By KEITH JOHNSON
WASHINGTON -- The US Senate voted late Wednesday to let the Navy keep buying alternative fuels, in a test of support for the military's embrace of green energy.
The 62-37 vote cheered companies that make fuels from unconventional sources, but the Pentagon's plans still could get trimmed as Congress hashes out the 2013 defense funding bill.
In its vote, the Senate rejected a measure introduced earlier this year by Sen. James Inhofe (R., Okla.) that would have banned the military from buying any fuel that costs more than traditional fuel.
That measure would have prevented the Pentagon from buying small batches of pricey biofuels such as the $26-per-gallon cocktail the Navy used for its "Great Green Fleet" during military exercises off Hawaii this summer. Those exercises used cooking oil and algae blends to power ships, jets and helicopters.
Military officials, especially those in the Navy and Marine Corps, have been looking more closely in recent years at to reduce the military's dependence on oil, which has grown more than 20-fold since World War II.
The use of alternative fuels can also save lives in war zones. Marine officials have pointed to very high casualty rates due to fuel convoys, and the Marines have has greatly expanded their use of solar power to reduce their need for diesel.
One plank of the Navy's plan, in conjunction with the departments of Energy and Agriculture, is to spend more than $500 million to jump-start construction of refineries that could produce large volumes of biofuels.
The political battle over the Pentagon's alternative-energy plans has been a major sticking point as Congress tries to pass the 2013 defense authorization bill. Leading Republicans in both chambers have been critical of the Pentagon's push at a time of shrinking defense budgets.
Some naval experts question whether a shift to biofuels will make the fleet more effective, while green proponents say the biofuels push could lead to the creation of thousands of jobs.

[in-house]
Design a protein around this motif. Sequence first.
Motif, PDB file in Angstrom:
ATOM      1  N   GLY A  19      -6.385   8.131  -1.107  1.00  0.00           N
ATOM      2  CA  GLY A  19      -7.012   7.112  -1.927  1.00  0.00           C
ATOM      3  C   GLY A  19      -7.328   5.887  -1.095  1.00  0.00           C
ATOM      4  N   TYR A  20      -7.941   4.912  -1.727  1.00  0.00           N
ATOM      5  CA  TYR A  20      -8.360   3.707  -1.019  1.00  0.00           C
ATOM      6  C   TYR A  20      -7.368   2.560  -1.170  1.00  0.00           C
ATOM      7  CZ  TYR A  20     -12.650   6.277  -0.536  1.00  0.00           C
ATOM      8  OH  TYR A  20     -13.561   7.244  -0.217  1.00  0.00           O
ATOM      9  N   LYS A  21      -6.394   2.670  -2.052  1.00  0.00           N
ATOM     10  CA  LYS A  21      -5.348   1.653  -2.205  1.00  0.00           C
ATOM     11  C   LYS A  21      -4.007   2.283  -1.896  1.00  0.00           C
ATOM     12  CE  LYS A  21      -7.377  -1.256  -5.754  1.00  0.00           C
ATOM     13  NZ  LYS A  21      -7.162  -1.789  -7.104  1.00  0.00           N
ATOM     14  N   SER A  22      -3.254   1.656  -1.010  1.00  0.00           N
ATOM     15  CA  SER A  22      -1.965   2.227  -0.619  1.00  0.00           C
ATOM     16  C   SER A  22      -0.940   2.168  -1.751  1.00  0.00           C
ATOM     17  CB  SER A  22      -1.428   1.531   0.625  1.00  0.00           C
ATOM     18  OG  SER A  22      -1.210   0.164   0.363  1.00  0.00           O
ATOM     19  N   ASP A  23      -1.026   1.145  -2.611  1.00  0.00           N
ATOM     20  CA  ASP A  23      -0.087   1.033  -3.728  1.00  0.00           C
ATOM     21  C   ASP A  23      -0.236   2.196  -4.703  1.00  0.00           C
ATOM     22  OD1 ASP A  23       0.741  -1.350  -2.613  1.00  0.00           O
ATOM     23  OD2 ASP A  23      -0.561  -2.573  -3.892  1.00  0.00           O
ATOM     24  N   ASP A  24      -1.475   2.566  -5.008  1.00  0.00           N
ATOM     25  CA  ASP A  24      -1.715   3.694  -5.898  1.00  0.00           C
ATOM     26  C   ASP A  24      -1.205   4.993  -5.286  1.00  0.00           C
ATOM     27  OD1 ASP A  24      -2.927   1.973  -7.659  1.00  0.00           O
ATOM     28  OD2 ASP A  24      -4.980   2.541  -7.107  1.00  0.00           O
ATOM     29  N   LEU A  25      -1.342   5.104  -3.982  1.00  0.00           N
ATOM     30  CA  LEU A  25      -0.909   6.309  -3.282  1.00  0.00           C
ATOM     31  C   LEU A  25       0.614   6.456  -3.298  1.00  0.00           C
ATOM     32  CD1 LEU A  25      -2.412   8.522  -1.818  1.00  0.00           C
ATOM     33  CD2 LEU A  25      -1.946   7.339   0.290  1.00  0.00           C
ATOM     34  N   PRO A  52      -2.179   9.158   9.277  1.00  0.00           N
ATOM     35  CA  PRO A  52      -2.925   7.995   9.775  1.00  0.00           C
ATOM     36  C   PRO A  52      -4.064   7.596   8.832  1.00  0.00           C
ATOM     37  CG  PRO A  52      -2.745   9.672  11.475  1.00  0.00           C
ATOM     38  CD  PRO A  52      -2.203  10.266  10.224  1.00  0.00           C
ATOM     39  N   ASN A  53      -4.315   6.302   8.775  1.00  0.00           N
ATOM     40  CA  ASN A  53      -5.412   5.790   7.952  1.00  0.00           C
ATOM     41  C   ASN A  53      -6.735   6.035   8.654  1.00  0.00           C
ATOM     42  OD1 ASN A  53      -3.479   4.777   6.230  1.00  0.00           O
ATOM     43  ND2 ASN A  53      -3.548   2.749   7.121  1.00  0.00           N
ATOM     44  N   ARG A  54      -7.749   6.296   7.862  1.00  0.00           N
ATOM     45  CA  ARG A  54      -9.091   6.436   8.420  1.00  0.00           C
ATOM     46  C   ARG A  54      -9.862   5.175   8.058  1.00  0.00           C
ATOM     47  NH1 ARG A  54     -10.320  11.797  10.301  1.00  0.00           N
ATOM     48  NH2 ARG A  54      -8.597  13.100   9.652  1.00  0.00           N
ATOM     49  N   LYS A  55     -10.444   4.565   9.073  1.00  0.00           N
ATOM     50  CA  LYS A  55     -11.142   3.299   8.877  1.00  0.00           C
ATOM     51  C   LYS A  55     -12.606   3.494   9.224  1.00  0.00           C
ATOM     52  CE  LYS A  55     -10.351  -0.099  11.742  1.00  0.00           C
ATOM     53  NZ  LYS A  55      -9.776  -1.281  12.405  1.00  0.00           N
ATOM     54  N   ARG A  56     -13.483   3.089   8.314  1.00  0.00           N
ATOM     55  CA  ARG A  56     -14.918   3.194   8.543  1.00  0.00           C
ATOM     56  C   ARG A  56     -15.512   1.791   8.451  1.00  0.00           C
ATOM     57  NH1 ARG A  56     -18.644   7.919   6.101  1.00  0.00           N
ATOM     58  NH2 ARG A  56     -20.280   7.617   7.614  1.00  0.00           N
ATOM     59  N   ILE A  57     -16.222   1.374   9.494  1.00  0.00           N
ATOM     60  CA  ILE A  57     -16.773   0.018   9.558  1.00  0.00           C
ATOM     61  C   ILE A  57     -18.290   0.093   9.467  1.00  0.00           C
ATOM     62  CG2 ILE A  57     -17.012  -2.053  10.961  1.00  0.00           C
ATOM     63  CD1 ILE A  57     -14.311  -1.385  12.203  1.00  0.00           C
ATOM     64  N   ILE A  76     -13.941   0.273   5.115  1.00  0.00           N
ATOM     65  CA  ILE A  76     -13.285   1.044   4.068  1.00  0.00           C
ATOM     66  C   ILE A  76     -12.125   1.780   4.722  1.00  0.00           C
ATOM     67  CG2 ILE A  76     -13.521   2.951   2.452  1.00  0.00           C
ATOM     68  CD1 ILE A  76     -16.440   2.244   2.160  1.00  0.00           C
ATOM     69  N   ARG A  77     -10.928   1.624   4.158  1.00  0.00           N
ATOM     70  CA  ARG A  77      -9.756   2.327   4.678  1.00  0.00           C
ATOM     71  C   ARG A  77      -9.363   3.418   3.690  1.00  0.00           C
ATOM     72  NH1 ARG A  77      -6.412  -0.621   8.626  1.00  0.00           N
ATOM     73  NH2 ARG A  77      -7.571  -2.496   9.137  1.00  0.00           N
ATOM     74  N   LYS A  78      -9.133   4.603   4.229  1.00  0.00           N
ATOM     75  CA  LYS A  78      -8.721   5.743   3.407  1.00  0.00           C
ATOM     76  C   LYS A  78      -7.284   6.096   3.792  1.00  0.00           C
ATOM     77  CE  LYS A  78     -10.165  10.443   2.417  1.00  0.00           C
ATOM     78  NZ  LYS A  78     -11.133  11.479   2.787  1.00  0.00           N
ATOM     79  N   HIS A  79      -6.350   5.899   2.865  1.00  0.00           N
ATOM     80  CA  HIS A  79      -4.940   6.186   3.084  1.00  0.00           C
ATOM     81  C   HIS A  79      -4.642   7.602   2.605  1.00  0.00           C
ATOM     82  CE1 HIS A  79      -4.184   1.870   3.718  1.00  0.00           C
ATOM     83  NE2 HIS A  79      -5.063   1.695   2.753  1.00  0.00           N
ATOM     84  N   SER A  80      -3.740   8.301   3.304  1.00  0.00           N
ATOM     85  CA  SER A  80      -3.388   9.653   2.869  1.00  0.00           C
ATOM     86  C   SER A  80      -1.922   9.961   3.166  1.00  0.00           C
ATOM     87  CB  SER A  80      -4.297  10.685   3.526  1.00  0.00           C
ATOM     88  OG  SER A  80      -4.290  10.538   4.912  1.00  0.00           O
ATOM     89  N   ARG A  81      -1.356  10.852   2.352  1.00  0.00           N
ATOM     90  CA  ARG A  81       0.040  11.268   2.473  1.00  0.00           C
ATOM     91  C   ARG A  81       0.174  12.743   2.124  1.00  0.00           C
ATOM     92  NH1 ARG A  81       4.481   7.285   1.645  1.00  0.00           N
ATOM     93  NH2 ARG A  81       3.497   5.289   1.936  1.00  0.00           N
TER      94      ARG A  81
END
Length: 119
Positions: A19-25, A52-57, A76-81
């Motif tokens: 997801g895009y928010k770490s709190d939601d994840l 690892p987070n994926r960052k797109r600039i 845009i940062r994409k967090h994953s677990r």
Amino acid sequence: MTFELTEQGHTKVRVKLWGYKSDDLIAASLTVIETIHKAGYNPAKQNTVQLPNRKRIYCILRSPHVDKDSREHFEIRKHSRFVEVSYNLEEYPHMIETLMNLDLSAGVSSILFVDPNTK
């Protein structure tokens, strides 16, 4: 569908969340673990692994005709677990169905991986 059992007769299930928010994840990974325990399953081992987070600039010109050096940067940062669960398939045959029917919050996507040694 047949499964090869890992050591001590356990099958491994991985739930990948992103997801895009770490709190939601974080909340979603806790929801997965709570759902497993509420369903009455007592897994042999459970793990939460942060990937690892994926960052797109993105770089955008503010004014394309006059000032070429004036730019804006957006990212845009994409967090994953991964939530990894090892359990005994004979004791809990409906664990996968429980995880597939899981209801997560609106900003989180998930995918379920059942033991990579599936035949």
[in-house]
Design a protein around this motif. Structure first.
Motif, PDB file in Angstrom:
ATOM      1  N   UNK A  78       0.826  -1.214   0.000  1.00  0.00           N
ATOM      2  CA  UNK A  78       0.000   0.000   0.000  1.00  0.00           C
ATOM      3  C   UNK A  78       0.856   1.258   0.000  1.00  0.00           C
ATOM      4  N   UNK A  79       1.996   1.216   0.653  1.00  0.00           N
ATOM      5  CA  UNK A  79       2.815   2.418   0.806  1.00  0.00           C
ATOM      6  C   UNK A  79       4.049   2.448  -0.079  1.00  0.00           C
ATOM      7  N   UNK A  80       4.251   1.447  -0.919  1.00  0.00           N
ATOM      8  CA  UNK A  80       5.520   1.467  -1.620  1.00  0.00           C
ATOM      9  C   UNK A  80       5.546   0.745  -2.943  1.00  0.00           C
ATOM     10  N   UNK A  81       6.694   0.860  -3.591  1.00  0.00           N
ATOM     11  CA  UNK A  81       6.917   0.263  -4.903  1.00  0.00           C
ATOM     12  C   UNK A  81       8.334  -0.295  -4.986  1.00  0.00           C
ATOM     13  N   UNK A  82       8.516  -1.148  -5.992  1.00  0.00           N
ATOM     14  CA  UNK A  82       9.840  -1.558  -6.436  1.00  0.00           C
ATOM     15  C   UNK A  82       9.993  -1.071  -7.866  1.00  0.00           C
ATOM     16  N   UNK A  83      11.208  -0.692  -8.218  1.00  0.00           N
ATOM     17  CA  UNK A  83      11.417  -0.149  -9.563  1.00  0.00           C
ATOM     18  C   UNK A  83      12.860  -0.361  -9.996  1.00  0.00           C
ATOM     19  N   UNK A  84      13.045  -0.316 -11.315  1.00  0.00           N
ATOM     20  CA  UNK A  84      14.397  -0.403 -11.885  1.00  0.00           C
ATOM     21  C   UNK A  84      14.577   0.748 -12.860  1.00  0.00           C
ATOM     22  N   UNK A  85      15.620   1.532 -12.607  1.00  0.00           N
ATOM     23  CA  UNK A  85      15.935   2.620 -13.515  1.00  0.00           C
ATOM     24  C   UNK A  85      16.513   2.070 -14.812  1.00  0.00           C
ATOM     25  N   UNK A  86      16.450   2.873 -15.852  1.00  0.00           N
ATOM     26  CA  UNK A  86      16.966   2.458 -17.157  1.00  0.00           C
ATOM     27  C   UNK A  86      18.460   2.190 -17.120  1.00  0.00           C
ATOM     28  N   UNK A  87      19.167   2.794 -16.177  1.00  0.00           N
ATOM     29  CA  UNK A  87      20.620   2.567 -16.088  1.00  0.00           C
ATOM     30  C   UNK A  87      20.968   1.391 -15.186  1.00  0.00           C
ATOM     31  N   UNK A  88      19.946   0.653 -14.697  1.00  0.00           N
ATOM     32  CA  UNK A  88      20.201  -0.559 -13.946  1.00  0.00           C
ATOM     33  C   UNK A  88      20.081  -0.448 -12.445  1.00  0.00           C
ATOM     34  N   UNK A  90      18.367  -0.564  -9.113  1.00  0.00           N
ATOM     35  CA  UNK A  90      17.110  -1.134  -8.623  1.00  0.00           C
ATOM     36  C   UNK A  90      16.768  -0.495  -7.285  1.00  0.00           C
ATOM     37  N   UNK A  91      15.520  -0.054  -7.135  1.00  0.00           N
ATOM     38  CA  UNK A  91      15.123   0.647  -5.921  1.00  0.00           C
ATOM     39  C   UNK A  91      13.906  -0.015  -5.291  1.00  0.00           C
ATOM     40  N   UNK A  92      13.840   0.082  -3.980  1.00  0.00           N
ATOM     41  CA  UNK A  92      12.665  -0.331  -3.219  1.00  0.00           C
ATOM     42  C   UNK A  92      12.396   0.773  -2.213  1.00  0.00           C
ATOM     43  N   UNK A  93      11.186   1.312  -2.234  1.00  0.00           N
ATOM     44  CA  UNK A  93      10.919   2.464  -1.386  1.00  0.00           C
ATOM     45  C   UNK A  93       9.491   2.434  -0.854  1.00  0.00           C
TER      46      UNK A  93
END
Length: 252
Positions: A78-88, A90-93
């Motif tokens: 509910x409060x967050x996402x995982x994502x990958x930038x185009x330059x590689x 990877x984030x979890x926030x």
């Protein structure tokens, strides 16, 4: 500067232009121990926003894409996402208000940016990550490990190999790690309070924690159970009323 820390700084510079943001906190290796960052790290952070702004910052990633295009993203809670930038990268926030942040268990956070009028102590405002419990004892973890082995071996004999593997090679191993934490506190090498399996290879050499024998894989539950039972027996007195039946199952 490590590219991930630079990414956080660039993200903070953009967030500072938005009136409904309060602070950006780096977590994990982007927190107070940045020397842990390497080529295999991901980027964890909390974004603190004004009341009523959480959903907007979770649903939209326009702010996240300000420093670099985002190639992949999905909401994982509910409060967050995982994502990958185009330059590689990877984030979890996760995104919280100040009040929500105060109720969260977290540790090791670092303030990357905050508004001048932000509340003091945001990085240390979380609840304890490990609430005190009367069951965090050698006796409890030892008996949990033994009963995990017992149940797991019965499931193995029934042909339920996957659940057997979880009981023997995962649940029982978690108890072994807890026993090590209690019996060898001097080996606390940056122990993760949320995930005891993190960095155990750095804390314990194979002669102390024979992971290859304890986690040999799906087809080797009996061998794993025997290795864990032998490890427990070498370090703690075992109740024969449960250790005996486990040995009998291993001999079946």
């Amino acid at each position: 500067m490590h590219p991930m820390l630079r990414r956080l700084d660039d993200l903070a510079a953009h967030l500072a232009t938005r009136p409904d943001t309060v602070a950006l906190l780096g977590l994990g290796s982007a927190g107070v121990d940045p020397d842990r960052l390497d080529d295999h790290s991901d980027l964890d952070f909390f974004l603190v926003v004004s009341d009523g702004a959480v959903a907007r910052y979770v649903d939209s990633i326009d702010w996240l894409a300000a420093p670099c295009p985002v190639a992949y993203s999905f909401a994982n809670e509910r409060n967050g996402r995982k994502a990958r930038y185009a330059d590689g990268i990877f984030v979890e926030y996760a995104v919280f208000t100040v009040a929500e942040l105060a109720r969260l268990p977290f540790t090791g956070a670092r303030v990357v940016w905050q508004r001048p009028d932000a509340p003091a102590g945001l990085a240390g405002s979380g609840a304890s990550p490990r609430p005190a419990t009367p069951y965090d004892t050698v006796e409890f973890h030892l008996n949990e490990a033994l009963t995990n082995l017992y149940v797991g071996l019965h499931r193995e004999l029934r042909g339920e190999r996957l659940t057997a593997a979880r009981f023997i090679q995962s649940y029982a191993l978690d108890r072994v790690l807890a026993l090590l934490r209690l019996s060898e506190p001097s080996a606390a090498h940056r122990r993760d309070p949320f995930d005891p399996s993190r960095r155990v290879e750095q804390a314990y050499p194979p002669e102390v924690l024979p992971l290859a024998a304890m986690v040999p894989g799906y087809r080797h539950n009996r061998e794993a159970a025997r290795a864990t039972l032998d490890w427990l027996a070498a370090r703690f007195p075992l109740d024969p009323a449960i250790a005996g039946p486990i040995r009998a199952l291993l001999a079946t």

The vote cheered the biofuels sector. Firms such as Solazyme, which supplied the algae fuel for the summertime exercise, and Novozymes North America, which doesn't yet have any Pentagon contracts, believe Defense Department support for the industry will be crucial to achieving scale. Solazyme shares ended trading up more than 4% Wednesday.
Sen. Inhofe said the push to introduce biofuels to the Navy wouldn't help the service and could cost as much as $1.8 billion per year. The secretary of the Navy, he said, should "focus on readiness, not propping up the biofuels industry."
A slate of Democratic senators, led by Mark Udall of Colorado, defended the Navy's alternative-energy program, which has been in the works for almost a decade.
"This is not about an environmental agenda or some sort of green conspiracy," Mr. Udall said. The $12 million biofuel purchase that angered some GOP lawmakers and led to the proposed ban on new purchases amounts to about one-half of what the Pentagon spends on military bands, Mr. Udall said.
Despite the Senate vote Wednesday, the Pentagon's green-energy plans still face some obstacles. The House version of the defense funding bill includes a similar prohibition on biofuels purchases. The two bills must be reconciled in conference.
Also, the Senate bill still says the Pentagon can't build a biorefinery unless Congress specifically authorizes it, thanks to an amendment introduced by Sen. John McCain (R., Ariz.) and approved by the Senate Armed Services Committee in May.
Sen. Kay Hagan (D., N.C.) presented an amendment Wednesday that would strike the McCain section of the bill, but it hadn't received a vote as of Wednesday evening.
Dow Jones Newswires